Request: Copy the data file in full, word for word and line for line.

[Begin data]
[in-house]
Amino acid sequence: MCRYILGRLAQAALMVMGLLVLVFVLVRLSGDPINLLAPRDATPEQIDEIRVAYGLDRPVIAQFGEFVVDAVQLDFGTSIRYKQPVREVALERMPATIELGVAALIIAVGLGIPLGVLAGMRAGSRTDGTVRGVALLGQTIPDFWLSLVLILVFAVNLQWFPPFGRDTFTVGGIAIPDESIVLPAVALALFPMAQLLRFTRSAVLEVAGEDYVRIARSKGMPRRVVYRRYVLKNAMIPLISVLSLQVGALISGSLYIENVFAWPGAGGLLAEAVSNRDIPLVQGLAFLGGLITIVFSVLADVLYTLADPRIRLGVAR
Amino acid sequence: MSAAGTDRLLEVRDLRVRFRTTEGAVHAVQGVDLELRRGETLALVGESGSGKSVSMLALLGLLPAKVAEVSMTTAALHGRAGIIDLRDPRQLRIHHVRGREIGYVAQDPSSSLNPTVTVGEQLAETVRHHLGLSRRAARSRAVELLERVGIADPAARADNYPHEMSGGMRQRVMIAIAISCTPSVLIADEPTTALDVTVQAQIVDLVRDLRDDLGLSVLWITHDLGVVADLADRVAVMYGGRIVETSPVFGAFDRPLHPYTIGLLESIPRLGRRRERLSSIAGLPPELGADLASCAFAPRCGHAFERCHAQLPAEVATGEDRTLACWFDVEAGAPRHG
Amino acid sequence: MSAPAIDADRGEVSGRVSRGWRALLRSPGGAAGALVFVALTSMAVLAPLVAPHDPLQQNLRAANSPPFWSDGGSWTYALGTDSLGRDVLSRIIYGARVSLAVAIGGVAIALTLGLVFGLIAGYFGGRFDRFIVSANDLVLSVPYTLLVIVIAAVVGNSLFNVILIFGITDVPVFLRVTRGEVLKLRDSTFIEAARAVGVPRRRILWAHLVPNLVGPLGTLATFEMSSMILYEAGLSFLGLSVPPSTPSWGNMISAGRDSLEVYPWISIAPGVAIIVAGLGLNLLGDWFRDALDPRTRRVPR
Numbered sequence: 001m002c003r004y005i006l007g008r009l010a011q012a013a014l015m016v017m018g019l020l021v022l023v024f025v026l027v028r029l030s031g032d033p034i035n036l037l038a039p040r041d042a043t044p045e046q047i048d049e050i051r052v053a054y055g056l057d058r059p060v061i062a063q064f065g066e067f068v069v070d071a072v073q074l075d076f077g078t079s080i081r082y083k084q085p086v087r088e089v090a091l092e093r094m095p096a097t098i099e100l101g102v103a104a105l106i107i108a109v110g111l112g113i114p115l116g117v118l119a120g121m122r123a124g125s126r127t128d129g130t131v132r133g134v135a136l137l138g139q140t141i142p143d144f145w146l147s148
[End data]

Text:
[in-house]
Amino acid sequence: MCRYILGRLAQAALMVMGLLVLVFVLVRLSGDPINLLAPRDATPEQIDEIRVAYGLDRPVIAQFGEFVVDAVQLDFGTSIRYKQPVREVALERMPATIELGVAALIIAVGLGIPLGVLAGMRAGSRTDGTVRGVALLGQTIPDFWLSLVLILVFAVNLQWFPPFGRDTFTVGGIAIPDESIVLPAVALALFPMAQLLRFTRSAVLEVAGEDYVRIARSKGMPRRVVYRRYVLKNAMIPLISVLSLQVGALISGSLYIENVFAWPGAGGLLAEAVSNRDIPLVQGLAFLGGLITIVFSVLADVLYTLADPRIRLGVAR
Amino acid sequence: MSAAGTDRLLEVRDLRVRFRTTEGAVHAVQGVDLELRRGETLALVGESGSGKSVSMLALLGLLPAKVAEVSMTTAALHGRAGIIDLRDPRQLRIHHVRGREIGYVAQDPSSSLNPTVTVGEQLAETVRHHLGLSRRAARSRAVELLERVGIADPAARADNYPHEMSGGMRQRVMIAIAISCTPSVLIADEPTTALDVTVQAQIVDLVRDLRDDLGLSVLWITHDLGVVADLADRVAVMYGGRIVETSPVFGAFDRPLHPYTIGLLESIPRLGRRRERLSSIAGLPPELGADLASCAFAPRCGHAFERCHAQLPAEVATGEDRTLACWFDVEAGAPRHG
Amino acid sequence: MSAPAIDADRGEVSGRVSRGWRALLRSPGGAAGALVFVALTSMAVLAPLVAPHDPLQQNLRAANSPPFWSDGGSWTYALGTDSLGRDVLSRIIYGARVSLAVAIGGVAIALTLGLVFGLIAGYFGGRFDRFIVSANDLVLSVPYTLLVIVIAAVVGNSLFNVILIFGITDVPVFLRVTRGEVLKLRDSTFIEAARAVGVPRRRILWAHLVPNLVGPLGTLATFEMSSMILYEAGLSFLGLSVPPSTPSWGNMISAGRDSLEVYPWISIAPGVAIIVAGLGLNLLGDWFRDALDPRTRRVPR
Numbered sequence: 001m002c003r004y005i006l007g008r009l010a011q012a013a014l015m016v017m018g019l020l021v022l023v024f025v026l027v028r029l030s031g032d033p034i035n036l037l038a039p040r041d042a043t044p045e046q047i048d049e050i051r052v053a054y055g056l057d058r059p060v061i062a063q064f065g066e067f068v069v070d071a072v073q074l075d076f077g078t079s080i081r082y083k084q085p086v087r088e089v090a091l092e093r094m095p096a097t098i099e100l101g102v103a104a105l106i107i108a109v110g111l112g113i114p115l116g117v118l119a120g121m122r123a124g125s126r127t128d129g130t131v132r133g134v135a136l137l138g139q140t141i142p143d144f145w146l147s148